Delivering experiences that disseminate information quickly, and enable the agency to offer greater support is the key to improving confidence in services.

What happens when citizens trust digital services?

Trust is critical not only in ensuring that citizens use the digital services and channels you want them to, but also to guarantee that they are open to engaging with the Government. Once they feel confident, citizens are willing to share more data with you, leading to deeper insights. This, in turn, results in better decision-making about policies and services that meet their requirements. Trust also becomes the underlying factor for citizens to change their behavior. For instance, citizens are 9x more likely to trust a government agency if they are satisfied with its service (McKinsey, 2020).

At a time when the trust in the Government is eroding, getting digital services right can have a positive snowball effect.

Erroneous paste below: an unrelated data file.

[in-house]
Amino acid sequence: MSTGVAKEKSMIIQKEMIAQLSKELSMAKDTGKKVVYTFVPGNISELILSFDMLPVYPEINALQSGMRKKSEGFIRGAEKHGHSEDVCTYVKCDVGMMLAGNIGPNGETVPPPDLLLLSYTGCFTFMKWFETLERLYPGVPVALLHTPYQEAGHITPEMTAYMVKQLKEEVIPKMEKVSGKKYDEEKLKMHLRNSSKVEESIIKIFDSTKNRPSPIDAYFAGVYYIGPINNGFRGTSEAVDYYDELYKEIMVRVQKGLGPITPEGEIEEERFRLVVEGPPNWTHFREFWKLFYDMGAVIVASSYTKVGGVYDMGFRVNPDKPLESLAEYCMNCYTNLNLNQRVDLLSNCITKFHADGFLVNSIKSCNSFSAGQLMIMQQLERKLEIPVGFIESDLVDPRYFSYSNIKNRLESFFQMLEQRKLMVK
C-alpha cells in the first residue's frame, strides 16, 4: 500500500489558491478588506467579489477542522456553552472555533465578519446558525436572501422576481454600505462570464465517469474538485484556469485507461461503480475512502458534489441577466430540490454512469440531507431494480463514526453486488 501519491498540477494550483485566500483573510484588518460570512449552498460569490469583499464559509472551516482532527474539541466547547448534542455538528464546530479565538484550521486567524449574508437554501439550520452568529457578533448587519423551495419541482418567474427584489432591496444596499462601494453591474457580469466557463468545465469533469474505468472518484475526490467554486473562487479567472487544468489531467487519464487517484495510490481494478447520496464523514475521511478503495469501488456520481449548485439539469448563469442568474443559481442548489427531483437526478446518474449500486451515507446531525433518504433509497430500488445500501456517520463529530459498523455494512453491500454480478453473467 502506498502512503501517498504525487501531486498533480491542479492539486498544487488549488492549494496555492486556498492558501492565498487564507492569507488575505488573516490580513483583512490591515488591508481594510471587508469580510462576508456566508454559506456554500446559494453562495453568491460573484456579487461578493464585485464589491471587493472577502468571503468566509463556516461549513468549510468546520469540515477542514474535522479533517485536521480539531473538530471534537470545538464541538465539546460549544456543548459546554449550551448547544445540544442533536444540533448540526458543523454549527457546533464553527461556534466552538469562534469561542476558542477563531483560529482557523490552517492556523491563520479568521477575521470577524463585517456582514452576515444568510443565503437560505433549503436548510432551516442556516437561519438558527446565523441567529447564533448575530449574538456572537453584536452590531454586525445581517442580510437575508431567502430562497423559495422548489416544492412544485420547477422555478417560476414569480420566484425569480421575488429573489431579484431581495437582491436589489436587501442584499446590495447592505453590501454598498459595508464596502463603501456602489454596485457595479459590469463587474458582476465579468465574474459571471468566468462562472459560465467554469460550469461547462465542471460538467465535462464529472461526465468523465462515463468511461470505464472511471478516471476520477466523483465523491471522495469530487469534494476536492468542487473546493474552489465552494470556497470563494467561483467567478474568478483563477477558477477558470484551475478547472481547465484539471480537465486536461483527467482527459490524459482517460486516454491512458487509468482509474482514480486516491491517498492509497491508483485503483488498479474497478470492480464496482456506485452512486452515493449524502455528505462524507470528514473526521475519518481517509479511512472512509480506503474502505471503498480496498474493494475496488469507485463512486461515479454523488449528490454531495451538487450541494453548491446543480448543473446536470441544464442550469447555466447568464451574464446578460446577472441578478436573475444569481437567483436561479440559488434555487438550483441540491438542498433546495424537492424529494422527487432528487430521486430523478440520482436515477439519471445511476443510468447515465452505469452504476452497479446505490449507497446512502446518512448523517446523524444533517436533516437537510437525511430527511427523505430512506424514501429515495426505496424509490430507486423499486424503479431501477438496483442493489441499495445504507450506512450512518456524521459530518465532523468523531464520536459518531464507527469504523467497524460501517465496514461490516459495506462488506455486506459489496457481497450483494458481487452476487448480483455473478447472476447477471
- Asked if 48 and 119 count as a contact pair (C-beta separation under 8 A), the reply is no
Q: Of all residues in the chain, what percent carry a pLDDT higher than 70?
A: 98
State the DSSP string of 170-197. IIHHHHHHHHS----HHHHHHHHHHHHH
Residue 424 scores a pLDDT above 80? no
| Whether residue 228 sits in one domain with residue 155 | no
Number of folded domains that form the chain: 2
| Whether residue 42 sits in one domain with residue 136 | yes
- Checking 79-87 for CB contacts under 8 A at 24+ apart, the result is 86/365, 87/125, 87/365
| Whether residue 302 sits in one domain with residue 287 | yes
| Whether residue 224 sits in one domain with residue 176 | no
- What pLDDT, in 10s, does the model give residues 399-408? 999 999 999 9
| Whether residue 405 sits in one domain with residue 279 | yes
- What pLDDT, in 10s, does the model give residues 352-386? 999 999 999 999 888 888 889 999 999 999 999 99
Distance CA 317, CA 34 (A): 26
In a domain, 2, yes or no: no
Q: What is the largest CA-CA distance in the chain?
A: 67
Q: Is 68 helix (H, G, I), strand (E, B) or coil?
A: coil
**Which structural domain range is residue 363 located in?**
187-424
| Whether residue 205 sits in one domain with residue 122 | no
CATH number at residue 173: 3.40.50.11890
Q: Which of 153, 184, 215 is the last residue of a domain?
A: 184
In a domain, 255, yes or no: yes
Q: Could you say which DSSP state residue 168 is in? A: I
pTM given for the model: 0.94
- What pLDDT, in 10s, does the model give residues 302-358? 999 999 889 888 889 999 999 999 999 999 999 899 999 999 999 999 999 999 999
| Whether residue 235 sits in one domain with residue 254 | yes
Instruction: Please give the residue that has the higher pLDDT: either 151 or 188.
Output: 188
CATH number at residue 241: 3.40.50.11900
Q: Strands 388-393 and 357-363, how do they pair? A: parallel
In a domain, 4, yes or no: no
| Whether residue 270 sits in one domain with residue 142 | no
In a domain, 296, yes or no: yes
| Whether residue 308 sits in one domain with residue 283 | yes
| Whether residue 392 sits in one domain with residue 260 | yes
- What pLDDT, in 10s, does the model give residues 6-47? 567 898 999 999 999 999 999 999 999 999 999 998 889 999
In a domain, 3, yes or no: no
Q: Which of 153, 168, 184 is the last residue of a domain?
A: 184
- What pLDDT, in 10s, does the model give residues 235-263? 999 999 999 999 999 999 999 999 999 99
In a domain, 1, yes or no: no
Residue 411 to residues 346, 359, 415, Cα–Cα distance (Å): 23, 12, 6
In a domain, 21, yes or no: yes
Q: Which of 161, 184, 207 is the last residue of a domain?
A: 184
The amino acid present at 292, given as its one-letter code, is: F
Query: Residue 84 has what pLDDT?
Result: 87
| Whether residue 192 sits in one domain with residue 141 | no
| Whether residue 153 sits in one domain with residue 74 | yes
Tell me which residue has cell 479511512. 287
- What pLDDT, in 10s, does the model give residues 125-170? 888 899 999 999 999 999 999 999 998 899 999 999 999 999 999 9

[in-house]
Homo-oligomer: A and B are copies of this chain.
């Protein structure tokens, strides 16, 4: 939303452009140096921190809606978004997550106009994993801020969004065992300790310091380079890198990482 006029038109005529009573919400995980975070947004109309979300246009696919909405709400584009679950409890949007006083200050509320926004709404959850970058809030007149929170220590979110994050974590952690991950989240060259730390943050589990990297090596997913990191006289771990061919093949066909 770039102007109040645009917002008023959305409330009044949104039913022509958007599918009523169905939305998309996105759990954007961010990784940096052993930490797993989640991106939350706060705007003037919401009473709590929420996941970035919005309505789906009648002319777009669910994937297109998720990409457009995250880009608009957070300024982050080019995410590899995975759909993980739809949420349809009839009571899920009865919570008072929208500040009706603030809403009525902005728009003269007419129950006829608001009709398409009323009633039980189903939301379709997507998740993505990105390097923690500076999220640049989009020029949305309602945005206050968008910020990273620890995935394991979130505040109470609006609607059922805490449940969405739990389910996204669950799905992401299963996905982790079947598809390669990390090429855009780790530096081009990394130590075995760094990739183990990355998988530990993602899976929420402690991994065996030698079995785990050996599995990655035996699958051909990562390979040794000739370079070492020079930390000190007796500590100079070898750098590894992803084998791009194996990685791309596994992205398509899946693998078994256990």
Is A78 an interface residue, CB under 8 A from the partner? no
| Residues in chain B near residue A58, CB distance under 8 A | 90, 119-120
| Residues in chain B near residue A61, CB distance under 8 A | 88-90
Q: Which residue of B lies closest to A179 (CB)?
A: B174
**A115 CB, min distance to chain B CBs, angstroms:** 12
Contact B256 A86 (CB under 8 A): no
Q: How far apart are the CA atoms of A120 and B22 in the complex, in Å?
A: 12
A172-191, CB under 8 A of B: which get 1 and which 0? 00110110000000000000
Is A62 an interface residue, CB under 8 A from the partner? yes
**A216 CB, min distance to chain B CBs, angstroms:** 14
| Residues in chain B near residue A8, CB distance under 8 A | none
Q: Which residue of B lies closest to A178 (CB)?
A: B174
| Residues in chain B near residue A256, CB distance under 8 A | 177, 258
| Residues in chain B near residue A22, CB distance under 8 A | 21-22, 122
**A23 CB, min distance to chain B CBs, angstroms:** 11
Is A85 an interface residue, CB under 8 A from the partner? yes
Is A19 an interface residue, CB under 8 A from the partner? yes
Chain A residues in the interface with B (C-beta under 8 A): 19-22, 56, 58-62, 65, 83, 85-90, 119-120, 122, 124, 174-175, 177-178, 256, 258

That is, good services improve trust, which improves citizen perception and behavior.

COVID-19: A great disruptor or a catalyst?

Before the pandemic, most governments were on their digital service journey for many years and had succeeded in moving engagement to digital channels.

Before COVID-19 hit, Government agencies thought that they thought they were prepared. However, nobody could have anticipated the scale of disruption it brought on.

The pandemic shredded these presumptions apart, allowing Government to see the gaps in its digital services such as:

Digital services were too reliant on offline channels for engaging and serving citizens
Organizations lacked resources for their teams to move quickly enough and teams work in silos
Data was not captured centrally, the messaging did not align across channels, and no agile systems and processes could adapt quickly to communicate and deliver services
There was no way to tie digital interactions back into systems of record, such as CRM, marketing automation, customer service & support systems, for accurate single data sources to improve customer profiling